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Plant Q & A With Hannah

Gardening by the Yard host Paul James is joined by his daughter, Hannah, for a little gardening question-and-answer session.

Hannah: Are plants poisonous?
Paul: Some are. In fact, there are by some estimates at least 700 poisonous plants, and many of them are common landscape plants.

Yews, for example, are extremely poisonous, and yet they are widely planted in gardens throughout the world. And the toxins found in some yews show promise as anti-cancer compounds.

Oleander is another very popular and very poisonous plant. Ditto horsechestnuts and datura.

Pokeweed is an interesting example. Although the plant — especially the root — is very poisonous, the berries and tender shoots can be eaten if they're cooked properly. Another interesting fact: The leaves of tomatoes and many of their relatives are poisonous, too.

The lesson is this: Don't eat plants unless you know they're safe to eat. And whatever you do, don't eat white berries from any plant. Virtually all white berries are poisonous.

Many vegetables are actually fruits — in other words, seed-bearing parts of the plant.

Hannah: What's the difference between a fruit and vegetable?
Paul: There is really no scientific definition for a vegetable, but there is for fruit. Most of the vegetables we eat are actually fruits, which are seed-bearing. The exceptions include leafy crops such as lettuce and spinach, cauliflower and broccoli (which are actually flowers), stems such as asparagus, roots such as carrots, and seeds such as dried beans.

Hannah: Why do some plants bend toward the sun?
Paul: That's an interesting phenomenon known as phototropism. When sunlight hits one side of a plant, the most rapid cell growth occurs on the shaded side of the plant. As a result, it appears as though the plant is actually bending toward the light.

The living stone's nifty camouflage protects it from being eaten by animals.

Hannah: What in the world is this?
Paul: That's a plant called a living stone. Native to South Africa, it grows in the desert and can easily be confused with a small rock. The camouflage protects it from feeding animals. The two lobes are leaves, and a daisy-like flower will ultimately shoot up from the center. These plants can go months without water. In fact, most people kill them by over-watering them.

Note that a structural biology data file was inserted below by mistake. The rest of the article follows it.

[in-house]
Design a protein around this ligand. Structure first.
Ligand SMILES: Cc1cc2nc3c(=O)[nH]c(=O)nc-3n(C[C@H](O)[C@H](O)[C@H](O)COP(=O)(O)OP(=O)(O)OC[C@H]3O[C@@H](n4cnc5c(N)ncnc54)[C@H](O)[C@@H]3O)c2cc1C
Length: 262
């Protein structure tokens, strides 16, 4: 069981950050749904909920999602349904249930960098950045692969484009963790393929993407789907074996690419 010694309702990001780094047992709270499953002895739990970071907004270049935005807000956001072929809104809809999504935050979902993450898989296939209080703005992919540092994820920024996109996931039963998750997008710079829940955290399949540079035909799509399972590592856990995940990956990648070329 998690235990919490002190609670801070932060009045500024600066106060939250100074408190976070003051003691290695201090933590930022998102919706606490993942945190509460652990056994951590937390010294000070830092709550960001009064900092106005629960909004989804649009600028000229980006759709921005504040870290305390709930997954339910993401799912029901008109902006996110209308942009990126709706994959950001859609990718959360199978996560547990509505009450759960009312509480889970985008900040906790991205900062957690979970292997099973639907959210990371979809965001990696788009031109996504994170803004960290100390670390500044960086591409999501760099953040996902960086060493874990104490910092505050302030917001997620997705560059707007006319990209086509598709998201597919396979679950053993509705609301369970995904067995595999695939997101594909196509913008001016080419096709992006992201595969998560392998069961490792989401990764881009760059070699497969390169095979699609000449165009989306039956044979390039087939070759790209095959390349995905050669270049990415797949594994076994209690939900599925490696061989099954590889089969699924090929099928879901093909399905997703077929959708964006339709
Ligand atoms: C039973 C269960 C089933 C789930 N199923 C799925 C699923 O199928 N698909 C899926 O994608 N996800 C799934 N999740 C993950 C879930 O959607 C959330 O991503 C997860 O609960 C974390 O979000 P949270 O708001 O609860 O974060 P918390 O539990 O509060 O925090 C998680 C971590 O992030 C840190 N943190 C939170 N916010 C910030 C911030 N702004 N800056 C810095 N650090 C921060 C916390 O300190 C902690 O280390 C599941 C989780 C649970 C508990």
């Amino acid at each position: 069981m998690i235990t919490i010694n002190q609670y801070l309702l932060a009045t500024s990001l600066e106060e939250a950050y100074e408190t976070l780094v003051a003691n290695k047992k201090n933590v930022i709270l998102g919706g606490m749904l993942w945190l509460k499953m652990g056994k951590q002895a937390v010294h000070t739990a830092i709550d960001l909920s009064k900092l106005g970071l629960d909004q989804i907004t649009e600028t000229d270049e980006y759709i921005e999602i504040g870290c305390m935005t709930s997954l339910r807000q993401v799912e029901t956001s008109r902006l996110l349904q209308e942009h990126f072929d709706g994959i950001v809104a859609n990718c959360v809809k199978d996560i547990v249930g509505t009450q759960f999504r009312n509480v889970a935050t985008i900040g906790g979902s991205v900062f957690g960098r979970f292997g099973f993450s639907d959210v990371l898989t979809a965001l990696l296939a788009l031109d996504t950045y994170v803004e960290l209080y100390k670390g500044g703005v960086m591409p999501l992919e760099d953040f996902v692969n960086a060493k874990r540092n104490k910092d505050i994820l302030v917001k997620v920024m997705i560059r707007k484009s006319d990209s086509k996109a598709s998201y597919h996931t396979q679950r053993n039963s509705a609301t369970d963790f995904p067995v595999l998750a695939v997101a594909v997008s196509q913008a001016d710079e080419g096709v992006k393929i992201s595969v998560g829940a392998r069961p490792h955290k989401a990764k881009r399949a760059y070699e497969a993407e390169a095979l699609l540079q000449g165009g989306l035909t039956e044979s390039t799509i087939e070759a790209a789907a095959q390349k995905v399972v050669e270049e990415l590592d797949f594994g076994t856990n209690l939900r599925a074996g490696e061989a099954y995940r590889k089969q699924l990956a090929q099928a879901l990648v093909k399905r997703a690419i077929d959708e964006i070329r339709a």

A handful of soil contains millions of living organisms.

Hannah: I've heard you say that soil is alive. What do you mean?
Paul: Soil is indeed a living organism, and until you come to terms with that fact, you'll never understand how plants grow. Too often people think of soil as nothing more than something that supports plants, but it's full of life.

In just a small handful of soil there are millions of living things, from bacteria and fungi to microscopic critters of all kinds. That's one of the reason I never use synthetic fertilizers and pesticides. Many of them can actually destroy life within the soil.

Removing spent flowers from a plant encourages it to produce more flowers.

Hannah: What's deadheading?
Paul: Deadheading involves nothing more than routinely removing the spent flowers form a plant so they don't go to seed. You see, it takes a tremendous amount of energy to produce seed, and often the plant itself will have less vigor as a result. So by removing the old flowers, that energy can go back into the plant to produce even more flowers.

Hannah: Why do plants have Latin names?
Paul: In the 1700s, a guy named Carl Linnaeus came up with something called "binomial nomenclature," in which all plants were assigned a name to represent their genus and their species. His system is still used today, and it's the only way to distinguish one plant from another.

One of my favorite Latin names belongs to the yaupon holly. If you eat the leaves of this plant, it can cause you to throw up, so its Latin name is Ilex vomitoria.

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